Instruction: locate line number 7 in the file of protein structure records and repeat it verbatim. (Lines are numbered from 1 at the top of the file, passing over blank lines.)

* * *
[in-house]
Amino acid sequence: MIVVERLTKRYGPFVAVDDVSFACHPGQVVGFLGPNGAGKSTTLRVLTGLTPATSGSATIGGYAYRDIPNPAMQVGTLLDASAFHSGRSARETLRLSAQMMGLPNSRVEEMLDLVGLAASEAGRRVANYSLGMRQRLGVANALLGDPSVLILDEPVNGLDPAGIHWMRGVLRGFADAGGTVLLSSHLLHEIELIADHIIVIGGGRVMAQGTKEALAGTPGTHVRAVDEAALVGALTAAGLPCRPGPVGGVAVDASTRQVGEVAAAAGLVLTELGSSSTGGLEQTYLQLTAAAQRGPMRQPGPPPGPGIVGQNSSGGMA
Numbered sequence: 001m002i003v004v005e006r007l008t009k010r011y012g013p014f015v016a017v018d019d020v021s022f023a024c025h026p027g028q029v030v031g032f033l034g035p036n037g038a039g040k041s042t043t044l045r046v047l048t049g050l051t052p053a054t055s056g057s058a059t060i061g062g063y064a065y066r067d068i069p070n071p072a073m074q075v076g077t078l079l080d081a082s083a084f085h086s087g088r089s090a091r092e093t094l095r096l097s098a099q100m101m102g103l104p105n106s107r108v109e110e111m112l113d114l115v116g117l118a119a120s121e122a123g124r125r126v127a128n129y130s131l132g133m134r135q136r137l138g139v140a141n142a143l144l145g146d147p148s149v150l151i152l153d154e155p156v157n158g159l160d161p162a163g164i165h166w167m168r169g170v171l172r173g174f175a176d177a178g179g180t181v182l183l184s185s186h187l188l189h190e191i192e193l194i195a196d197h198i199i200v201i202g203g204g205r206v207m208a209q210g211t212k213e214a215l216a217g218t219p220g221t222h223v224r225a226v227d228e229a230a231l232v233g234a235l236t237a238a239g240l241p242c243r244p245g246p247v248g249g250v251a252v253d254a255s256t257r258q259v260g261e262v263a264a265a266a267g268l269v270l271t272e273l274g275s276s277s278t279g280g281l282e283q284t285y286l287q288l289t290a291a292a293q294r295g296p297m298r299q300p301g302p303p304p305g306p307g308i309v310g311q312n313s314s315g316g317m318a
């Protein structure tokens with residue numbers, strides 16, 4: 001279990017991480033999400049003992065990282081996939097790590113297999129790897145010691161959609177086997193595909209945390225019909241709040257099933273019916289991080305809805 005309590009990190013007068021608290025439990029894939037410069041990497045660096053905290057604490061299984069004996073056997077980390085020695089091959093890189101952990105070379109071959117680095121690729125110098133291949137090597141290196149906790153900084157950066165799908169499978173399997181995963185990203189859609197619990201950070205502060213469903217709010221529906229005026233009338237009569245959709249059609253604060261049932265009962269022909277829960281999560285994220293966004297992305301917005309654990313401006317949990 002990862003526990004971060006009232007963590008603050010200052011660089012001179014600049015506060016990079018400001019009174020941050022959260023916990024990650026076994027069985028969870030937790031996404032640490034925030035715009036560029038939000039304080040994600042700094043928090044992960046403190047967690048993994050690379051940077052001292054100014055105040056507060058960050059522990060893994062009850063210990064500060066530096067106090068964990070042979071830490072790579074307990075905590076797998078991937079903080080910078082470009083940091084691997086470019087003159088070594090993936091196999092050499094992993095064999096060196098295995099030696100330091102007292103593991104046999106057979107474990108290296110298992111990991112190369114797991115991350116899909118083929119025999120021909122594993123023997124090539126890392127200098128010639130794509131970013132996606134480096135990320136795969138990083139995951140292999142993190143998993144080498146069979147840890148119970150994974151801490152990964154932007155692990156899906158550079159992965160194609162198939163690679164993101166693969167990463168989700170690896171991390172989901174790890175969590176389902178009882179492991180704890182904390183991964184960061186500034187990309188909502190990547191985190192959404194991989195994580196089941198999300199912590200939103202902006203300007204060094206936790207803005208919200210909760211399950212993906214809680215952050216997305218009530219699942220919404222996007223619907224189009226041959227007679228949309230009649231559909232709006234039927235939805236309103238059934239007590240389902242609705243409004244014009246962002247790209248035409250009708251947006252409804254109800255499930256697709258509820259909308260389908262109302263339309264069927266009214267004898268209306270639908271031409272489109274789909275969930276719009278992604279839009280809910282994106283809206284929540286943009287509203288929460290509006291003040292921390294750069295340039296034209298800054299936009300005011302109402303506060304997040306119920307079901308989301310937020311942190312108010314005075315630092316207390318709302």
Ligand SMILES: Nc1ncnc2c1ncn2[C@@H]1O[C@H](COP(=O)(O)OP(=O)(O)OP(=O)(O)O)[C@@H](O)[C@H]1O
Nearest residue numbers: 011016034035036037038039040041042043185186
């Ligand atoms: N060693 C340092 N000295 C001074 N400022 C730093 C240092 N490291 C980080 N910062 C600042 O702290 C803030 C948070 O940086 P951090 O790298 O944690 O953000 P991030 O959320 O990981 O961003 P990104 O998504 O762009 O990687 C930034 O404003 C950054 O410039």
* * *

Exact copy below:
């Ligand atoms: N060693 C340092 N000295 C001074 N400022 C730093 C240092 N490291 C980080 N910062 C600042 O702290 C803030 C948070 O940086 P951090 O790298 O944690 O953000 P991030 O959320 O990981 O961003 P990104 O998504 O762009 O990687 C930034 O404003 C950054 O410039």